Expository Message from I Thes. 3.
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|For what thanks
can we render to God again for you, for all the joy wherewith we joy for
your sakes before our God...
little 4-year old closes her eyes and recites, "Now I lay me down to sleep..."
And at the end she says, "...and thank you God for Mommy and Daddy, Brother
and Sissy, Grandma and Grandpa..." A child's thanksgiving prayer
is so sweet and trusting. But what about we adults? Is our
thanksgiving prayer very different from the 4-year old? Are we sincere?
Is it heartfelt? Or do we go through the motions of recitation hoping
God accepts our impersonal and negligent prayers?
you to 1 Thessalonians Chapter Three where we will find an unusual type
of thanks- giving...A thanksgiving with no hint of vain repetition or hollow
praise. This is spontaneous thanksgiving, inexpressible and abundant
thanksgiving. Paul's thankfulness in 1 Thes. 3 can be illustrated
by the few searchers who found their loved ones safe after the twin towers
terrorist attack. We watched on television as families reunited.
There was no need for the dialogue of words. Hugs and tears of happiness
told the story. Paul struggles to express how he feels when he finds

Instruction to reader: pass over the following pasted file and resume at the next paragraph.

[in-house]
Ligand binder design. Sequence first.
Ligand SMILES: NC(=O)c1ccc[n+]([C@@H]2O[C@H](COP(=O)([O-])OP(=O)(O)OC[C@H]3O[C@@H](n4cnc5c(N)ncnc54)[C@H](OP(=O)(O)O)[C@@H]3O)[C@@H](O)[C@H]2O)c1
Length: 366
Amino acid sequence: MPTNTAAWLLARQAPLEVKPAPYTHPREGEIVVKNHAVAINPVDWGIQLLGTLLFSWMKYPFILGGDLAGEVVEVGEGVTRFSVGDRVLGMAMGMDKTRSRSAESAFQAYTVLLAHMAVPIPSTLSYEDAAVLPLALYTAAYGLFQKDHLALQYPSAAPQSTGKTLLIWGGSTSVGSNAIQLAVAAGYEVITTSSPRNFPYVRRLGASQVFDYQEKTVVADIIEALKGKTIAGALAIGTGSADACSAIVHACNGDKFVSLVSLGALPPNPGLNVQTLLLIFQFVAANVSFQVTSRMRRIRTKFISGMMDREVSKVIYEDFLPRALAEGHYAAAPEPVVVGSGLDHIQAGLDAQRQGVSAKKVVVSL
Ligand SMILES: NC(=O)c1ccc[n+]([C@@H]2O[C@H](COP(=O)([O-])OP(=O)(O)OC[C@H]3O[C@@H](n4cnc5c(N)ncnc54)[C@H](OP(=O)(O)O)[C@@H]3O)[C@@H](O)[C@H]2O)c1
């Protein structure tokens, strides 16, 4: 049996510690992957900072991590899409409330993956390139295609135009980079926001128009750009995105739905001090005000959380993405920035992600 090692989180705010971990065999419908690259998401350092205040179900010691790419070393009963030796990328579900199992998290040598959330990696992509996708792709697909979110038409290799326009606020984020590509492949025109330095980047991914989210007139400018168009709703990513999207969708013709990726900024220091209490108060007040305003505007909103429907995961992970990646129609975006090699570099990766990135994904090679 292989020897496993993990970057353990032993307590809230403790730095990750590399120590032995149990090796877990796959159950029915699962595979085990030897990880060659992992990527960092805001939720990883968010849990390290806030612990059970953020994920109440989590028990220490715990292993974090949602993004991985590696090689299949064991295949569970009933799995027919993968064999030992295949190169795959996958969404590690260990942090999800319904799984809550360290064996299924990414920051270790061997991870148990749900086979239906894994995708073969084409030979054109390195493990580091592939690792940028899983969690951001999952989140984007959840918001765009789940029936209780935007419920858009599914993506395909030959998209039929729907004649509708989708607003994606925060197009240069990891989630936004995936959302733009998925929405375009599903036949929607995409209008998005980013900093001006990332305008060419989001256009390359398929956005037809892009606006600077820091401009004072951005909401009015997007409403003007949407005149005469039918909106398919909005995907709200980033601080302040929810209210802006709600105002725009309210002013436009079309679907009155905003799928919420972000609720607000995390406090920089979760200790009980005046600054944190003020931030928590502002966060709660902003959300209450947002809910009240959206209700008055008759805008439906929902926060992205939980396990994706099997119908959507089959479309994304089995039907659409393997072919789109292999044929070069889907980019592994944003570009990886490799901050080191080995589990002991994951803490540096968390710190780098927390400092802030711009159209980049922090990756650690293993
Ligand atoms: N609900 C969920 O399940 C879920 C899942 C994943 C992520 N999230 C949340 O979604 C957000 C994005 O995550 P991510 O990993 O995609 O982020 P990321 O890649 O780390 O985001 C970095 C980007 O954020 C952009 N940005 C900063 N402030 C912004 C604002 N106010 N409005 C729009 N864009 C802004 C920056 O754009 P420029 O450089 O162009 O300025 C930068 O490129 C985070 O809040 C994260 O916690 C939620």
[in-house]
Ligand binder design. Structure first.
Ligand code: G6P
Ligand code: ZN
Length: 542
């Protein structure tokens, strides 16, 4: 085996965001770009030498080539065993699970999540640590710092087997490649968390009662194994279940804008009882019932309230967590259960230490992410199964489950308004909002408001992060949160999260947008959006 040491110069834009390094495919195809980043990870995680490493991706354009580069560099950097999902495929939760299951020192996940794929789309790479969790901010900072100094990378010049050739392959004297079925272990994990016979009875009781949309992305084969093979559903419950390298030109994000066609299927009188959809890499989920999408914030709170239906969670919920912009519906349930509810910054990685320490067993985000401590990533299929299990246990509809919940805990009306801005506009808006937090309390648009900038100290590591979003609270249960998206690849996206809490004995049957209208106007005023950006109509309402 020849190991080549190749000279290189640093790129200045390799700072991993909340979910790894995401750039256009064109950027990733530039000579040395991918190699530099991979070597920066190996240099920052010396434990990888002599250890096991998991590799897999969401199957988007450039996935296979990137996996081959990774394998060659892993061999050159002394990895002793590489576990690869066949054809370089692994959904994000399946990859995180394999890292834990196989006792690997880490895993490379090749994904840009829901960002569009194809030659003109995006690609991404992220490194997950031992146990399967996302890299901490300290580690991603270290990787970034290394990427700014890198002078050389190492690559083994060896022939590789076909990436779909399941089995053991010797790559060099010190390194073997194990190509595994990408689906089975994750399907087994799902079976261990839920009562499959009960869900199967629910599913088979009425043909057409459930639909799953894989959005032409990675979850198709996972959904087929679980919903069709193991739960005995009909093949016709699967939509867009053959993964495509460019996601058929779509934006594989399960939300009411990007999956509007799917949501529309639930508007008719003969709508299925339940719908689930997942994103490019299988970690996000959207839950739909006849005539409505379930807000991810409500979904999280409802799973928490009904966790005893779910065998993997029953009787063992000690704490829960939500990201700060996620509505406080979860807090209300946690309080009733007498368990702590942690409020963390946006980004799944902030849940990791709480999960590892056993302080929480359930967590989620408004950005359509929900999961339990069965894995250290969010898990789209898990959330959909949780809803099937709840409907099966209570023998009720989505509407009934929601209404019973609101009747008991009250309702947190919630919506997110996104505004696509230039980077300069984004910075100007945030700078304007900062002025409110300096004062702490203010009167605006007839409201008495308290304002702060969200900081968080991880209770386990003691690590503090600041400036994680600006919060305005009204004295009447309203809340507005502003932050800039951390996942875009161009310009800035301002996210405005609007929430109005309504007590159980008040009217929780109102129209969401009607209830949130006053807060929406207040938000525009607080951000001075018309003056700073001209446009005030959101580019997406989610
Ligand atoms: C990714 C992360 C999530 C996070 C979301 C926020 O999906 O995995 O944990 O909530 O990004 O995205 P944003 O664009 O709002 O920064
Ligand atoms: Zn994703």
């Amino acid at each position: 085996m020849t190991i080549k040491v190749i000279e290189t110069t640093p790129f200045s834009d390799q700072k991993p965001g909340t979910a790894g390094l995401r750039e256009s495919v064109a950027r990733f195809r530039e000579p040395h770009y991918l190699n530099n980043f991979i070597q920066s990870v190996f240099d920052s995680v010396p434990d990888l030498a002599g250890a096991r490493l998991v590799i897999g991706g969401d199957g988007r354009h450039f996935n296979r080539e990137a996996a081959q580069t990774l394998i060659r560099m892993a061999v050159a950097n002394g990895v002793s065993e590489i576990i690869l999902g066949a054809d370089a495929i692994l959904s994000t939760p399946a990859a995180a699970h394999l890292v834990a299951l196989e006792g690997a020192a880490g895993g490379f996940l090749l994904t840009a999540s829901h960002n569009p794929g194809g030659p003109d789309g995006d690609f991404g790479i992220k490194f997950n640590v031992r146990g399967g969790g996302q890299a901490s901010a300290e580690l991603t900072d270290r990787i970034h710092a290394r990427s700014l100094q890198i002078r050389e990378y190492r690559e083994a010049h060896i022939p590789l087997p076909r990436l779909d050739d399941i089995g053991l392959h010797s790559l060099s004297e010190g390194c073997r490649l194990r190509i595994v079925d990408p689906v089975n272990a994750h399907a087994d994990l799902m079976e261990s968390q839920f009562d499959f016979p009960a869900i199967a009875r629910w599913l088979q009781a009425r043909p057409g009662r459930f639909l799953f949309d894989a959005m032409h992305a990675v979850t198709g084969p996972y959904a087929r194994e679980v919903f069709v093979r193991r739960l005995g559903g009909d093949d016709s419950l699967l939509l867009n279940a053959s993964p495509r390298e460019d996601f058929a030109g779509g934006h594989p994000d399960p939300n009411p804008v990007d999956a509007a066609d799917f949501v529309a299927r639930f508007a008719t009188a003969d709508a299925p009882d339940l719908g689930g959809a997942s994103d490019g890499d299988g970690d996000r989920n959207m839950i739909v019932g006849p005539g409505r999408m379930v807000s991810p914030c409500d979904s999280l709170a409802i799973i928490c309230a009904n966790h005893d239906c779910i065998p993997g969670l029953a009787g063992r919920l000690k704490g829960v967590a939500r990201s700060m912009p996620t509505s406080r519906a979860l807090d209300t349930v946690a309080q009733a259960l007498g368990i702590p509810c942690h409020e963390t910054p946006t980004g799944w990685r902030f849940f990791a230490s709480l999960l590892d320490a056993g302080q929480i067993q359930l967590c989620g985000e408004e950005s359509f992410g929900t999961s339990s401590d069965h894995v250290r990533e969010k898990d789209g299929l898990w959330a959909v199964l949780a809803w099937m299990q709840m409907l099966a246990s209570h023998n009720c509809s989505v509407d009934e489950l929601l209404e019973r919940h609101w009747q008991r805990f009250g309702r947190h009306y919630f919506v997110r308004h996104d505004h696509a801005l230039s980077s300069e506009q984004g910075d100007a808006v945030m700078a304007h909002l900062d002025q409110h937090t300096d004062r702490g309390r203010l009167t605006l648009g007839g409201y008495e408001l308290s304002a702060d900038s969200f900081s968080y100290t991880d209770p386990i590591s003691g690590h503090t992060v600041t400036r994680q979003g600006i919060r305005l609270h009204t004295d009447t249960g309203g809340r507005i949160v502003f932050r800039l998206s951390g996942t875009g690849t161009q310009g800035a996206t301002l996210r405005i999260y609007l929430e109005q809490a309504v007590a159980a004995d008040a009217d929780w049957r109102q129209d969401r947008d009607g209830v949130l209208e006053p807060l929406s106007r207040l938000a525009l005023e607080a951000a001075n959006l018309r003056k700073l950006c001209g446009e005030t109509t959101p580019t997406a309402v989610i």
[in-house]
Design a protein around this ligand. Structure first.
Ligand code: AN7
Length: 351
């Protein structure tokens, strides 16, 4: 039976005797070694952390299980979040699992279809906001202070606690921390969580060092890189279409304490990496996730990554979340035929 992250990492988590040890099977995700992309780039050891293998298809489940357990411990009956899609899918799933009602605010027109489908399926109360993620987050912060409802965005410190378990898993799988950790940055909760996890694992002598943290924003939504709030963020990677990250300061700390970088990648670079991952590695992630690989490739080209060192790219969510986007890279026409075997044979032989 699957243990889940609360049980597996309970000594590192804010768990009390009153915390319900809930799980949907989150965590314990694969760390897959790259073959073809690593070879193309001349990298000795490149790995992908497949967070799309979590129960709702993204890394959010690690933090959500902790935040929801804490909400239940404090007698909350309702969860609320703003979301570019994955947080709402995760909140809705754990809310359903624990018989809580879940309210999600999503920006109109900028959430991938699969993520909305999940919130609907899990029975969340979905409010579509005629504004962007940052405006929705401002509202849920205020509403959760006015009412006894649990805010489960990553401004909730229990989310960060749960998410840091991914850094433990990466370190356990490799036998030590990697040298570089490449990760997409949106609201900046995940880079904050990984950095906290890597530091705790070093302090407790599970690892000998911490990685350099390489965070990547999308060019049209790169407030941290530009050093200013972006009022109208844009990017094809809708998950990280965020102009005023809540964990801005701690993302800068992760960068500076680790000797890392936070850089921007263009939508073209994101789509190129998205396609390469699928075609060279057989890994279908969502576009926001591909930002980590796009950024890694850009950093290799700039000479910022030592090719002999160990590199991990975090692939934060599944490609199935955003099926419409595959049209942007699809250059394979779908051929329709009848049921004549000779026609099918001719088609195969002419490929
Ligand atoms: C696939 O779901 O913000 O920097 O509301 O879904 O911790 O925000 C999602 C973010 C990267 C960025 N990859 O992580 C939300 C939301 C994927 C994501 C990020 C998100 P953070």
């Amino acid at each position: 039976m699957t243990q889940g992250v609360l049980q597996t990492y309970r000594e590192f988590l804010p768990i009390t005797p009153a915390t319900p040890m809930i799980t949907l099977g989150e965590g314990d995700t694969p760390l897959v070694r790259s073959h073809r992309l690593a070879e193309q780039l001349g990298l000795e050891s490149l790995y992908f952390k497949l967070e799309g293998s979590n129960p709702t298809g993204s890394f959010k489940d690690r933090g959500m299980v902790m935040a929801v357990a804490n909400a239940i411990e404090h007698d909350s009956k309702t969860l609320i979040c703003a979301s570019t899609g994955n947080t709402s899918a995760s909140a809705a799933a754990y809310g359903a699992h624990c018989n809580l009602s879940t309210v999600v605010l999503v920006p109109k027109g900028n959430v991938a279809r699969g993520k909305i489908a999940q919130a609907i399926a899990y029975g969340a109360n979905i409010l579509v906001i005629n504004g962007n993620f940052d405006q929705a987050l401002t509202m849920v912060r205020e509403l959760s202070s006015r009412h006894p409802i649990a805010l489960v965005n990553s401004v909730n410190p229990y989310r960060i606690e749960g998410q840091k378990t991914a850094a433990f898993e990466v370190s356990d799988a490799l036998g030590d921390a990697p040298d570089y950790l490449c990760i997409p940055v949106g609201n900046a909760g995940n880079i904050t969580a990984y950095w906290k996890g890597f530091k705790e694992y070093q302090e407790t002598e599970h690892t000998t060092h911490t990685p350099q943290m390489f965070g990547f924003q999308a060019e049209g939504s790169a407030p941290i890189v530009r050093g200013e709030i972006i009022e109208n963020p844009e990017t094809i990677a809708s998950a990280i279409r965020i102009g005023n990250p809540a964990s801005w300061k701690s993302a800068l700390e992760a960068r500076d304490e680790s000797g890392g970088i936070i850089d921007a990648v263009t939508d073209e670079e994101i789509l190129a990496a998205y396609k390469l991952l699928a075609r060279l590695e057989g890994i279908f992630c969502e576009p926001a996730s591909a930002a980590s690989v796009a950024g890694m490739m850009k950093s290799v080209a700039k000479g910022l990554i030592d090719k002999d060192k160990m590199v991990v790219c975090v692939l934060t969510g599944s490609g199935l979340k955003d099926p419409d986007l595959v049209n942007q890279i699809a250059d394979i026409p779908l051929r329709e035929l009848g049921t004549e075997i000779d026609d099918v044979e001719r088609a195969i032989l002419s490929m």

the believers flourishing and fruitful. "What thanks can we render...?"
as we stuff ourselves with our holiday meals, let us at least acknowledge
to God our disingenuous and petty brand of thanksgiving. Let us say
too, that by the grace of God, we will seek to reach that stage of inexpressible
heartfelt thanksgiving. Such thanksgiving has three stages, which
can be seen in Chapter Three: (1) Apprehension, or anxiety
(2) Assurance, or the joy one gets when the unknown becomes known,
and (3) Appeal, or considering what this new knowledge will mean for the
Apprehension to Know Their State v. 1-5
Wherefore when we could no longer forbear, we thought it good to be left
at Athens alone;
And sent Timotheus, our brother, and minister of God, and our fellowlabourer
in the gospel of Christ, to establish you, and to comfort you concerning
That no man should be moved by these afflictions: for yourselves know that
we are appointed thereunto.
For verily, when we were with you, we told you before that we should suffer
tribulation; even as it came to pass, and ye know.
For this cause, when I could no longer forbear, I sent to know your faith,
lest by some means the tempter have tempted you, and our labour be in vain.
The Apostle Paul had a special
relationship with the Thessalonian believers. God had directed Paul
and his missionary group to Thessalonica after laboring in Philippi and
enduring much persecution there. His ministry was cut short in Thessalonica
because of persecution from unbelievers. Scholars say that he was
with the Thessalonians only a few months at the most, and possibly as little
as one month. We learn from these verses that, to have an inexpressible
thanksgiving, one must have great love.
1. His Compassion
When it came to the Thessalonian
believers, it was more than a job. Their faith and continuation was
of utmost importance to Paul. The word "wherefore" points back to
Chapter 2 where Paul bears his heart and tells them how important they
are to him. He says in verse 20 of Chapter 2, "For
ye are our glory and joy." Paul thought